Ford and China's leading search engine company announced today that they've each invested $75 million in Velodyne LiDAR Inc., a Silicon Valley maker of laser technology that allows cars to autonomously navigate.
The money will be used to speed development and manufacturing of next-generation LiDAR or Light, Detection and Ranging technology, which uses lasers to create a 3D image of the area around a vehicle.
Last year, Ford pledged to triple the number of Fusion Hybrid self-driving research cars from 10 to 30, which it now claims surpasses the fully autonomous vehicle fleet of all other automakers.
Ford already uses Velodyne's LiDAR on its test vehicles at its Arizona Proving Ground and the University of Michigan's Mcity, a 32-acre, full-scale simulated real-world urban environment where vehicles self-drive in every condition, including snow.
Ford also plans to double the members of its Silicon Valley research team to more than 300, according to Ford CEO Mark Fields. Ford chose Palo Alto, Calif. last year for its latest automotive research and development facility.
General Motors, BMW, Honda, Hyundai, Mercedes-Benz, Nissan-Renault and Toyota have all opened R&D centers in Silicon Valley.
In April, China's Baidu announced plans to expand its own autonomous driving lab in Sunnyvale, Calif. to more than 100 researchers who will focus on development of computer vision, robotics and machine learning.
Through a development partnership with BMW, Baidu is already testing self-driving vehicles in China; it plans to begin testing them in the U.S. this year.
"Our investment will accelerate our efforts in autonomous driving with what, in our view, are the best LiDAR sensors available today, and advance Velodyne's development of increasingly sophisticated LiDAR sensors," Jing Wang, general managers of Baidu's Autonomous Driving Unit, said in a statement.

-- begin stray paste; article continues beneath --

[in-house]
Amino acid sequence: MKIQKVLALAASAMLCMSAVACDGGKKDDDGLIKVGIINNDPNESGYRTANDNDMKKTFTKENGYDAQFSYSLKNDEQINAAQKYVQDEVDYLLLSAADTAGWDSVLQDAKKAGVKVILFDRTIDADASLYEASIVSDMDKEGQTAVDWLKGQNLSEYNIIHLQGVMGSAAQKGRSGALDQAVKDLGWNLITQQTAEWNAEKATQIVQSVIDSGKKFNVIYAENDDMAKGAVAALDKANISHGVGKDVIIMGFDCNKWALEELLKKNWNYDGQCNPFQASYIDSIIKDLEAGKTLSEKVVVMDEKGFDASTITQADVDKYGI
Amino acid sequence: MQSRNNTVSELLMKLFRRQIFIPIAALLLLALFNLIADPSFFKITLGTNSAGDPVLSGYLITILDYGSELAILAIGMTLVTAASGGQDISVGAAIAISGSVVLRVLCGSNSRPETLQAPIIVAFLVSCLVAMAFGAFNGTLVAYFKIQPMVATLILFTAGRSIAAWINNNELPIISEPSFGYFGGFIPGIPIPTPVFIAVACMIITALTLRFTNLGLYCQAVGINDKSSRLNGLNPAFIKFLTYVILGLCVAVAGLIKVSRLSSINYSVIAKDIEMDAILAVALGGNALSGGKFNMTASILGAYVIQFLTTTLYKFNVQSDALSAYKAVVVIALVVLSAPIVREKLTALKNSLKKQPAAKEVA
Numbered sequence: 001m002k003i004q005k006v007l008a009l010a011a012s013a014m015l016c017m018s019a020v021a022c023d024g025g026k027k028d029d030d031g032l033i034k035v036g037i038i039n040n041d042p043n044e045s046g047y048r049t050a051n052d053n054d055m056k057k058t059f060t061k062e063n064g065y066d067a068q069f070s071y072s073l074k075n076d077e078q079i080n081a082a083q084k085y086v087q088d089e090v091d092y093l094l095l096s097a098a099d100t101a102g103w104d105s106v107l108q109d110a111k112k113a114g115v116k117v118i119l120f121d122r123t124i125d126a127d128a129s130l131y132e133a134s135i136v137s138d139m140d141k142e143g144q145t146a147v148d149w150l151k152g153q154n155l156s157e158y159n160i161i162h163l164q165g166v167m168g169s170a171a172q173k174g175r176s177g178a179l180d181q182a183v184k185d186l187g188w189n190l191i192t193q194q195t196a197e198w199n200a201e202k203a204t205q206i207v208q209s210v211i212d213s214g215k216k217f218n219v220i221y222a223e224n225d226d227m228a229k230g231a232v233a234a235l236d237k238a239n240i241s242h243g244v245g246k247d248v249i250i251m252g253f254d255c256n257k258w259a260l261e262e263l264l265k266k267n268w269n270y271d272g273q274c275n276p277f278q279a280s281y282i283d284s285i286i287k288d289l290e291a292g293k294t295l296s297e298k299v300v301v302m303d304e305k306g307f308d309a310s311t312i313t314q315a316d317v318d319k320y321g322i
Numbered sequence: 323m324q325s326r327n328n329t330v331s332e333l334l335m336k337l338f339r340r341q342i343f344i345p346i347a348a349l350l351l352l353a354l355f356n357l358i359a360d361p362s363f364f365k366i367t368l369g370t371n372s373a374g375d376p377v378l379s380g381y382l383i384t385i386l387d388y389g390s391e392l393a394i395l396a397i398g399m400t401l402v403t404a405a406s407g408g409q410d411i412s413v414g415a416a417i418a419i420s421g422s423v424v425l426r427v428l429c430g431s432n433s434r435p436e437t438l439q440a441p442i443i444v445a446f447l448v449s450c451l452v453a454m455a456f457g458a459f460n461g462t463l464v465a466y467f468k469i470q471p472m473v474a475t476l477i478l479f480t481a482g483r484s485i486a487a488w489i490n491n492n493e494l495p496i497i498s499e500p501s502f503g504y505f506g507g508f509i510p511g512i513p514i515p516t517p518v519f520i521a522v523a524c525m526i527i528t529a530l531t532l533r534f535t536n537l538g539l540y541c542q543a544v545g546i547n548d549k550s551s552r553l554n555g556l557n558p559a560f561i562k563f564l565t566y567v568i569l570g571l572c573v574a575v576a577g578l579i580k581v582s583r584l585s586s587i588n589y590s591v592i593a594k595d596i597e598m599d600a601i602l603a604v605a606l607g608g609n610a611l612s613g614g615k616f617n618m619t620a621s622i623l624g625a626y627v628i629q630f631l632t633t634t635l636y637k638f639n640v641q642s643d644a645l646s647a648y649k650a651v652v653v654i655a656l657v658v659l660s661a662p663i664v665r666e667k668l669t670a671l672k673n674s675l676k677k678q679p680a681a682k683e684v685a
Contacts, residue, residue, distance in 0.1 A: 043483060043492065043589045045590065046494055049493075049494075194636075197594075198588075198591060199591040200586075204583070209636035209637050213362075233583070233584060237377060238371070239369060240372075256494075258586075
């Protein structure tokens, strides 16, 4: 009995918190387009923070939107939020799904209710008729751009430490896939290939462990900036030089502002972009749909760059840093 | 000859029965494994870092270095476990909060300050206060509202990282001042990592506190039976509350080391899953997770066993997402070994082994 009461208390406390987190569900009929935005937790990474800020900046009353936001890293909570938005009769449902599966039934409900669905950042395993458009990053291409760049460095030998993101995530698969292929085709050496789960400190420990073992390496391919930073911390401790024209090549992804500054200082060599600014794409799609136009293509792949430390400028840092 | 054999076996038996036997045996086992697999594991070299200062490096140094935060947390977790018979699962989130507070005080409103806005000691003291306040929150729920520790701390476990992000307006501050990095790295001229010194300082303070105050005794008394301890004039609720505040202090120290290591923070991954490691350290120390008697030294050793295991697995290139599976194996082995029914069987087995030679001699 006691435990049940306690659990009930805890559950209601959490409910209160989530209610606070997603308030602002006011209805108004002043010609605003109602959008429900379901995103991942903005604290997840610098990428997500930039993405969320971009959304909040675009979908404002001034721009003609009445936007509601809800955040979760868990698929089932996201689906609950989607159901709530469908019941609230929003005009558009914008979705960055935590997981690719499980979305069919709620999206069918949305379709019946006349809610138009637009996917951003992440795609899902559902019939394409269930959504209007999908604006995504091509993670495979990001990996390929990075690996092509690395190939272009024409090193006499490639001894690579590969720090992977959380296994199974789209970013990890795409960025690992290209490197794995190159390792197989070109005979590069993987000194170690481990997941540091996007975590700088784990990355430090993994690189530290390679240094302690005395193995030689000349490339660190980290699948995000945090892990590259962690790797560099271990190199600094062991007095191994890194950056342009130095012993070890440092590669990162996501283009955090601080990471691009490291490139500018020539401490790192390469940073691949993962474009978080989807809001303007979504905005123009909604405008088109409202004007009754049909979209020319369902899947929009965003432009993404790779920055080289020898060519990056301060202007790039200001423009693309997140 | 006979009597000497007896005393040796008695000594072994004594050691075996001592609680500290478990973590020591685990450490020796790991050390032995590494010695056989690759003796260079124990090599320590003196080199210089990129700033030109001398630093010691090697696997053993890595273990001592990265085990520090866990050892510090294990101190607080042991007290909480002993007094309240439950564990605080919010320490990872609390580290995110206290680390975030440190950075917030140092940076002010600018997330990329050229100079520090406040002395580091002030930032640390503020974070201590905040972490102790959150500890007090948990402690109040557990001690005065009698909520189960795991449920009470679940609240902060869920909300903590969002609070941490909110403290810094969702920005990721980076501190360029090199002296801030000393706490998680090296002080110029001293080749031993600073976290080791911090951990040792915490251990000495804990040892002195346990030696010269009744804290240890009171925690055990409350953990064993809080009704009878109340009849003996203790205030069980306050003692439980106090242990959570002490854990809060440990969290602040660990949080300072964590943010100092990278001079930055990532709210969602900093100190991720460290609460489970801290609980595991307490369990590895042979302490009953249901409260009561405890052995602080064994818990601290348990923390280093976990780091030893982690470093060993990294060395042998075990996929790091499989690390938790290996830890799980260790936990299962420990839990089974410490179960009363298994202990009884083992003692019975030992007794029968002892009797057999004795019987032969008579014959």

Along with exterior cameras and radar, LiDAR is a key technology in enabling autonomous driving technology in that it can create a 3D picture of what surrounds a vehicle. LiDAR's laser ranging technology allows autonomous cars to drive just as well in the dark as they do in the daytime.
"From the very beginning of our autonomous vehicle program, we saw LiDAR as a key enabler due to its sensing capabilities and how it complements radar and cameras," Raj Nair, Ford's CTO, said in a statement.
Founded in 1983 as an audio tech company, Velodyne has over the past decade developed four generations LiDAR technology.
Velodyne's LiDAR technology includes proprietary software and algorithms that interpret data gathered from the laser-based sensors attached to vehicles. The result is a high-resolution 3D digital image that is used for mapping, localization, object identification and collision avoidance.
Velodyne's latest LIDAR sensor is capable of producing 300,000 to 2.2 million data points per second with a range up to 200 meters at centimeter-level accuracy, the company said.
Velodyne said that the latest round of investments from its partners will enable it to "rapidly expand the design and production of high performance, cost-effective automotive LiDAR sensors," which will help the technology go mainstream.
"We want the cost to be low enough to be used for all cars. We envision a safer world for the millions of automotive drivers across the globe," Marta Hall, Velodyne president of business development, said in a statement.
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